2002 IN REVIEWBirch Bay Chamber of Commerce

Published on Fri, Jan 3, 2003 by Nick Jerns

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2002 IN REVIEW
Birch Bay Chamber of Commerce

By Nick Jerns

Your board of directors for the last year has been Ruth Lauman, Julie Gerity, Ted Morris, Pat Palmer, Jana Soloway, Cheryll Ryan, and myself. The board’s hard work has resulted in 24 percent growth to membership and a current balance of $14,475.60.

Three of our largest achievements this year have been the creation of the chamber website, the expansion of the arts and crafts festival and the new trophied sand structure contest.

Our website has had 331,035 hits to date, with an average of 1,163 visits per month. Our newsletter has an average of 299 hits per month, the membership directory 140 hits per month, information on lodging 139 hits per month. The website received the Prestigious Golden Web Award from the Association of Web Masters and Designers.

This year’s Discovery Days was an enormous success with an estimated 2,200 visitors coming to Birch Bay for food, crafts, and entertainment. Our worst fears were realized when restaurants were turning people away.
Birch Bay was voted as the Best Place to Fly a Kite in Washington state by Northwest Family Magazine.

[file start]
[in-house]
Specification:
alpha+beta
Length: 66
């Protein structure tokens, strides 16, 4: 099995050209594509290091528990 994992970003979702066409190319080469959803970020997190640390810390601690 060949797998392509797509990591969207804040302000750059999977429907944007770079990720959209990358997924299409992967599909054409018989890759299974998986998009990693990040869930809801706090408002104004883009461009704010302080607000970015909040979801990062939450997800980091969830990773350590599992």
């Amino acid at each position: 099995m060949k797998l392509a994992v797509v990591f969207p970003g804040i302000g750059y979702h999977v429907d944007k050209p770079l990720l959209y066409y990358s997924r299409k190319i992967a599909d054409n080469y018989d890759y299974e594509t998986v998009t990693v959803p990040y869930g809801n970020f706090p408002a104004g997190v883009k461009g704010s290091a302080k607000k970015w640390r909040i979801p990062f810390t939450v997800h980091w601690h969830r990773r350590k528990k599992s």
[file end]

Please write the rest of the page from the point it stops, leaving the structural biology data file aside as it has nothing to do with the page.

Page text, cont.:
The economic development committee was created “to create economic opportunities that encourage the growth necessary to support existing and future Birch Bay commerce, while preserving the area’s ecosystems and improving its quality of life.”

The park committee was created after the Whatcom county parks and recreation board of commissioners voted unanimously in favor of letting the chamber develop a four-acre tract of land on the corner of Cedar and Anderson roads in the Cottonwood neighborhood - land that was donated by the Halverson family in 1939.

Unfortunately, not everything this year was clear skies and beautiful sunsets. Not only is the local economy suffering from low value of the Canadian dollar – after September 11, 2001 our border became nearly impenetrable as proof of citizenship became a requirement to cross.

To add insult to injury, many still believe that after Labor Day the sidewalks of Birch Bay rolled up. Today we have 14 businesses that provide a variety of services to include entertainment, food, gifts, groceries, and espresso’s to go. Birch Bay no longer rolls up the sidewalks during the winter. We are a community with a heart that beats year round and requires your patronage to make it stronger.

I am challenging all of you, as we enter into our 31st year of existence, to make a difference in our community. Talk to your neighbors and friends about the great restaurants and shops that Birch Bay has to offer. Get them involved in their community, invite them to a meeting and help their voices be heard. Our chamber is in a fortunate position to lead our community and with your help we will stabilize our economy and improve upon our quality of life.

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